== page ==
A Glendive teacher has a personal connection to the tragedy in Waukesha, Wisconsin, on Sunday when a man drove an SUV through a Christmas parade, killing five people and leaving almost 50 others injured.
Brenda Orcutt grew up in Waukesha, and most of her family and friends still live in the Wisconsin community.
Orcutt, now a teacher at Deer Creek School in Glendive, says she only slept two hours Sunday night after learning what had happened in her hometown.
She says most of her family were at the parade when 39-year-old Darrell Brooks allegedly plowed his SUV into a marching band.
“Your heart just stops. You think, how can this happen in our tiny little town? Our small town,” Orcutt said.
Orcutt says her niece, a high school student, was just a block away from the tragedy. She says her best friend from childhood also narrowly missed being hit by the vehicle.
“My best friend saved her mother. She literally saved her mother’s life,” Orcutt said.
Bethany Goff was at the parade with her two children and several friends when the vehicle hit members of the high school marching band.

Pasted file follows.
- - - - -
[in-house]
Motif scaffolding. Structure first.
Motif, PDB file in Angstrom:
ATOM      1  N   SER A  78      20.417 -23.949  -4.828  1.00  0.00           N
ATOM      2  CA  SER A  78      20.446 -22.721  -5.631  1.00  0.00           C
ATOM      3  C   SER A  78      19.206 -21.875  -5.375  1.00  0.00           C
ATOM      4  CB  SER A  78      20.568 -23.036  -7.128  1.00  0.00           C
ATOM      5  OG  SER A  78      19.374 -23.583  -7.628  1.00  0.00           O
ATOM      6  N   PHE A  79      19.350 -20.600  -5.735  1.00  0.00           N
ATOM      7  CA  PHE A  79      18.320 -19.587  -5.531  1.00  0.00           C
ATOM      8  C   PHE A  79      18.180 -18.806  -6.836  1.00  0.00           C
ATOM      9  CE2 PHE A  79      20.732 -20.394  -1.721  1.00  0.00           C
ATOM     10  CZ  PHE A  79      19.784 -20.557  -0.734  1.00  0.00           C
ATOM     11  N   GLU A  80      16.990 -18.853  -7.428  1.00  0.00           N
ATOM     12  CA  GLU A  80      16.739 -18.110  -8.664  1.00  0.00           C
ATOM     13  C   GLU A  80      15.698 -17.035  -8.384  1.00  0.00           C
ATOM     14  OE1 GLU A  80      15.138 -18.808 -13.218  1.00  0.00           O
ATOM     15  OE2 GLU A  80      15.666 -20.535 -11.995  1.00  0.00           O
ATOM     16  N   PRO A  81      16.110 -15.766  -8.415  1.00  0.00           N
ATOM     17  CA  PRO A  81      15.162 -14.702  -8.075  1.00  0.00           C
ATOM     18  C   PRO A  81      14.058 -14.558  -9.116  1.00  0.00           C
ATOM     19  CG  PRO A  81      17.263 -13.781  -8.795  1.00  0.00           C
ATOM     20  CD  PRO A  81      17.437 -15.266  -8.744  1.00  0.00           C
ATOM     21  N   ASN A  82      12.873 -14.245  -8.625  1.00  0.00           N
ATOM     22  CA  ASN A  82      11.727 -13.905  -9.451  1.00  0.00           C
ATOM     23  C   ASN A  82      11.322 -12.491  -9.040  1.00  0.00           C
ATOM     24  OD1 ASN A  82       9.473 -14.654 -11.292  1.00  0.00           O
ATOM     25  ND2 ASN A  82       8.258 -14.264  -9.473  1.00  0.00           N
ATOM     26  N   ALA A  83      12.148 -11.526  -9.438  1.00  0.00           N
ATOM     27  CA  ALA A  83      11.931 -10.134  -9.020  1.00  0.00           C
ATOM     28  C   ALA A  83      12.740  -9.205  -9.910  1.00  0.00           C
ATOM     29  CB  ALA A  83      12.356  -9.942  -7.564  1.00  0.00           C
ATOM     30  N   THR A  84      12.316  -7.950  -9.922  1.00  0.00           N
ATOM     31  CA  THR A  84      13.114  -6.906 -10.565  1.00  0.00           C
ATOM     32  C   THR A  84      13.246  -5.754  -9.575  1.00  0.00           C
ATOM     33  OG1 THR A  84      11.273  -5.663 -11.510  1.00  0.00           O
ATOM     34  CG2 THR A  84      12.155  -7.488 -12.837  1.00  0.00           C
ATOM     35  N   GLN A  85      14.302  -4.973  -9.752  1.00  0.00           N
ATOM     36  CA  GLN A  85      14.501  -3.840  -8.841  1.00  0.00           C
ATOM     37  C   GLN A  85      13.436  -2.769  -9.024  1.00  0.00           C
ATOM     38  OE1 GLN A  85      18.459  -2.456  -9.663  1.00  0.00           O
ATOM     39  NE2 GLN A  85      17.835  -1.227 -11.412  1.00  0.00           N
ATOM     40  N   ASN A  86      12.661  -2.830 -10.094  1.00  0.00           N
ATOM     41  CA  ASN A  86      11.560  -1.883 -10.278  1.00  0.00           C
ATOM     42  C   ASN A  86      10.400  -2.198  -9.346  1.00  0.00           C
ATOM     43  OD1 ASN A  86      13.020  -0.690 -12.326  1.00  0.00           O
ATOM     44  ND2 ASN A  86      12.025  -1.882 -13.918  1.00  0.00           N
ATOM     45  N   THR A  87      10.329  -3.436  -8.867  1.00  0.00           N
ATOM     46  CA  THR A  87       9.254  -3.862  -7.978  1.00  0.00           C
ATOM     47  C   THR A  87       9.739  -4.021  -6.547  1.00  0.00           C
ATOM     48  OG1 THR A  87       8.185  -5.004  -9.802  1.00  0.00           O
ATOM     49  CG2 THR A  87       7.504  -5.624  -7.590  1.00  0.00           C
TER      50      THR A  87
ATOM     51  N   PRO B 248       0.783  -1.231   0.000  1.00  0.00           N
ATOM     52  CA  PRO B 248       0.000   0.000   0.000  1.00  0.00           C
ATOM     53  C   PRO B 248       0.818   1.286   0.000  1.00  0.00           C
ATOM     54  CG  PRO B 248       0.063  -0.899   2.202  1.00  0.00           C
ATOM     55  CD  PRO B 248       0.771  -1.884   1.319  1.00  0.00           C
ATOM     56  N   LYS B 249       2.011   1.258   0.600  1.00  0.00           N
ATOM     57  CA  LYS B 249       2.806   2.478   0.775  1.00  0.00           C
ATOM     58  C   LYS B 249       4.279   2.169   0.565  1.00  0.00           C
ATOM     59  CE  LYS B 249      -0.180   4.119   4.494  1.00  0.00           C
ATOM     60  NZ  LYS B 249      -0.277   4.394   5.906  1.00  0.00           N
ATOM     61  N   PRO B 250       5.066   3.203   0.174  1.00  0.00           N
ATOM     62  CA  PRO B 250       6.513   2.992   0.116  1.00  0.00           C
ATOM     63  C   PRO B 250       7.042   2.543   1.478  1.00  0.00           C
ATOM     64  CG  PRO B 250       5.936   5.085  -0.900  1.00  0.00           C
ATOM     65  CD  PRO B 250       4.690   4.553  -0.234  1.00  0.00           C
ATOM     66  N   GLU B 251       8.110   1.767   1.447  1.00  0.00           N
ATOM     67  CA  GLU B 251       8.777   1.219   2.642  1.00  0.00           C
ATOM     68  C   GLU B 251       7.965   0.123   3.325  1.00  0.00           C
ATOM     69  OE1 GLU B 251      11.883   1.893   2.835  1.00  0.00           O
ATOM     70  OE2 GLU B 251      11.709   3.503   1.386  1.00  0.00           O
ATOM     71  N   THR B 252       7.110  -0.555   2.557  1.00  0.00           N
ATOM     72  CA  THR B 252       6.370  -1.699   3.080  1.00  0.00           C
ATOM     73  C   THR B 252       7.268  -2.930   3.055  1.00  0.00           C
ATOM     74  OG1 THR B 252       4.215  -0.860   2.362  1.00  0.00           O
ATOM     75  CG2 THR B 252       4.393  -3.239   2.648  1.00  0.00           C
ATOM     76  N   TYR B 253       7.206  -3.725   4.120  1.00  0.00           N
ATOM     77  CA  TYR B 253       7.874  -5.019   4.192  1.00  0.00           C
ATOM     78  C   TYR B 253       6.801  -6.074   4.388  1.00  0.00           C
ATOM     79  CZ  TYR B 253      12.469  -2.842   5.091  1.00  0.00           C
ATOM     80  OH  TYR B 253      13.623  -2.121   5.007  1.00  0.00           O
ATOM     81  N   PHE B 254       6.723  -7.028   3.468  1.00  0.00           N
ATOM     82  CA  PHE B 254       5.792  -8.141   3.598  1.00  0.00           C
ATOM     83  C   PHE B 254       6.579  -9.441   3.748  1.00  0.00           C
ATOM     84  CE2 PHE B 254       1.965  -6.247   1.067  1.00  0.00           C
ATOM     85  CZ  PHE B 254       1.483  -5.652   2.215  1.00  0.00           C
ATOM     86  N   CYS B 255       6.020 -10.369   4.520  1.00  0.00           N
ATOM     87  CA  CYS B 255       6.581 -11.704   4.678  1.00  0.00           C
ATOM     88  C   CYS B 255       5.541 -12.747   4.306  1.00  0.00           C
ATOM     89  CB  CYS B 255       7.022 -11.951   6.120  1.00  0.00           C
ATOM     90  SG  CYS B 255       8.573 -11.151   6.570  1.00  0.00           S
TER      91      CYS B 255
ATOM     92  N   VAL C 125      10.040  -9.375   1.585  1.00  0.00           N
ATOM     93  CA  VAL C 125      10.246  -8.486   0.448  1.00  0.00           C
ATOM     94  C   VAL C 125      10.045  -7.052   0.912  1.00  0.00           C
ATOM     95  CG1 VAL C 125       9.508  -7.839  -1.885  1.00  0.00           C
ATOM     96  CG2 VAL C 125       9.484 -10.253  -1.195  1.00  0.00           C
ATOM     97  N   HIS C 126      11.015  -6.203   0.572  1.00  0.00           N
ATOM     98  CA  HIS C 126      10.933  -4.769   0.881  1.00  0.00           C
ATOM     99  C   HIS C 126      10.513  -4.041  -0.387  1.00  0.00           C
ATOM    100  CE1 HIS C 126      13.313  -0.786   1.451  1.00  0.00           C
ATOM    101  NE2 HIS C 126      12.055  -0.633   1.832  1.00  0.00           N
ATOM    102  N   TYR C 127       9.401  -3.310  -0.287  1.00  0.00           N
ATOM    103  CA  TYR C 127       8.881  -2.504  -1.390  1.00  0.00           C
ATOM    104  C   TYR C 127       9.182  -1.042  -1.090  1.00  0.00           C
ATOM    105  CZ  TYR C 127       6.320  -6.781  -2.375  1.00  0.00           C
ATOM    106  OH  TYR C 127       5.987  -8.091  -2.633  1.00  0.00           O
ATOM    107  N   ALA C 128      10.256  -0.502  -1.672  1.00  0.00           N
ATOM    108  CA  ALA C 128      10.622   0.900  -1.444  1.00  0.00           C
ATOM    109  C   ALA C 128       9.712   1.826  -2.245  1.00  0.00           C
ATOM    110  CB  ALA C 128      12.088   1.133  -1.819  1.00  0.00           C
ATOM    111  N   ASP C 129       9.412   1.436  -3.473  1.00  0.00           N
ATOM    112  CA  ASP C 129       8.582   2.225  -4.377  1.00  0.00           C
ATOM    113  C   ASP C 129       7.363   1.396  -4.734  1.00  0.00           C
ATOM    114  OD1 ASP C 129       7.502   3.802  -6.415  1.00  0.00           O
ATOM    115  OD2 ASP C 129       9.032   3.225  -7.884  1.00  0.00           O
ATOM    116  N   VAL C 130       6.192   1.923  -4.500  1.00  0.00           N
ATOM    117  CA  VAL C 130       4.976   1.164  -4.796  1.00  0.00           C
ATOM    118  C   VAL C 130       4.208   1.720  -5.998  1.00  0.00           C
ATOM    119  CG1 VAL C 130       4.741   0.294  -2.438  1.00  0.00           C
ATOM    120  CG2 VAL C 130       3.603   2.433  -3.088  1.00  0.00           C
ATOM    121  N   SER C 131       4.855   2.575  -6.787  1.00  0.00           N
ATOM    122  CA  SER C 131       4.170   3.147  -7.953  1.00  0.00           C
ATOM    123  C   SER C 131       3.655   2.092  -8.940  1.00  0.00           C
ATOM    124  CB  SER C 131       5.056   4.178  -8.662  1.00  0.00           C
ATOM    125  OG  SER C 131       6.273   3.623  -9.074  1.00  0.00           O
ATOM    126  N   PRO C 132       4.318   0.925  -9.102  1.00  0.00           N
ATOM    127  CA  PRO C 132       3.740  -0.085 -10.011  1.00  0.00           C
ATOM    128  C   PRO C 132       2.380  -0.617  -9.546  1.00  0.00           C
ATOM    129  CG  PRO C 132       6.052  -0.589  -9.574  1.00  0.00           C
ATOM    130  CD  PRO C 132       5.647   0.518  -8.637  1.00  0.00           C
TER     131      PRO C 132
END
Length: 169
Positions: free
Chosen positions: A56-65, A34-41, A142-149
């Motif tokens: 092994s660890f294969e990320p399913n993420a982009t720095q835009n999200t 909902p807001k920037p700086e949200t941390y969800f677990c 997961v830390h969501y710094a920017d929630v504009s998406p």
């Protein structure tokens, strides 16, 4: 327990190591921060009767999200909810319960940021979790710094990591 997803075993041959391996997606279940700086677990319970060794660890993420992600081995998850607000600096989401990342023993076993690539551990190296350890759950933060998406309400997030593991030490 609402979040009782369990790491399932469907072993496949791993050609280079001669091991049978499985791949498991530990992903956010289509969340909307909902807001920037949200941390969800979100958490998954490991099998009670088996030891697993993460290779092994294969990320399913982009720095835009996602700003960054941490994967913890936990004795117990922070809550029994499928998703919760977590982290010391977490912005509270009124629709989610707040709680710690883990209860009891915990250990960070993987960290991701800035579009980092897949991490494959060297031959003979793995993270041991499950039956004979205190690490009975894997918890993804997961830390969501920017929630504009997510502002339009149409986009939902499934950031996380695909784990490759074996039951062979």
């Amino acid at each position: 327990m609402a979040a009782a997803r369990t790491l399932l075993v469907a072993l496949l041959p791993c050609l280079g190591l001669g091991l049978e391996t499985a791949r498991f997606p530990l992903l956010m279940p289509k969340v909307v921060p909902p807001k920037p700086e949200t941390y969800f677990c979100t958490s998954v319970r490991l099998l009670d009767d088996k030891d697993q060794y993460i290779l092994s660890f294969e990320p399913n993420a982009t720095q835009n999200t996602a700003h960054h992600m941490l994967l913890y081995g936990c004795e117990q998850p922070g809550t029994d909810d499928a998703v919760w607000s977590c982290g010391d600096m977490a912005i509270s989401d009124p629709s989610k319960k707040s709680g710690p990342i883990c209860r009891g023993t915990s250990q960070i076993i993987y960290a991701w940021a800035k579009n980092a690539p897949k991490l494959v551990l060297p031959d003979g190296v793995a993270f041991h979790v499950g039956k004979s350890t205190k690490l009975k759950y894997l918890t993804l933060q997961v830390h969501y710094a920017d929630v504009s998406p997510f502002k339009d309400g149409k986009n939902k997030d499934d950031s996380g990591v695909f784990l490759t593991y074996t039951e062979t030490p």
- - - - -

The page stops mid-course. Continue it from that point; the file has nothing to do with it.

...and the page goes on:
“We usually love the parade. It’s our favorite parade actually,” Goff said.
Goff says she worries most about the lasting impact on her two young kids who were watching the parade with their friends.
“As a mom, I keep seeing that visual of a car running over these kids like a speedbump because that’s what it was. He stopped and he just ran directly over them,” she said.
Darrell Brooks is now facing five charges of intentional homicide. Police say he was involved in a domestic disturbance earlier Sunday and left that scene just before driving the SUV through the parade.
According to court records, Brooks had been released on bail earlier this month after being arrested for another domestic abuse incident where he allegedly ran a woman over with his car while she was walking through a gas station parking lot.
Both Brenda Orcutt and Bethany Goff say they feel fortunate their families are safe, but say they can’t stop thinking about the families who will never be the same. Dozens of victims, including several young children, remain hospitalized with severe injuries.
“It was horrifying. It was like watching the twin towers fall. You will always remember where you were,” Orcutt said.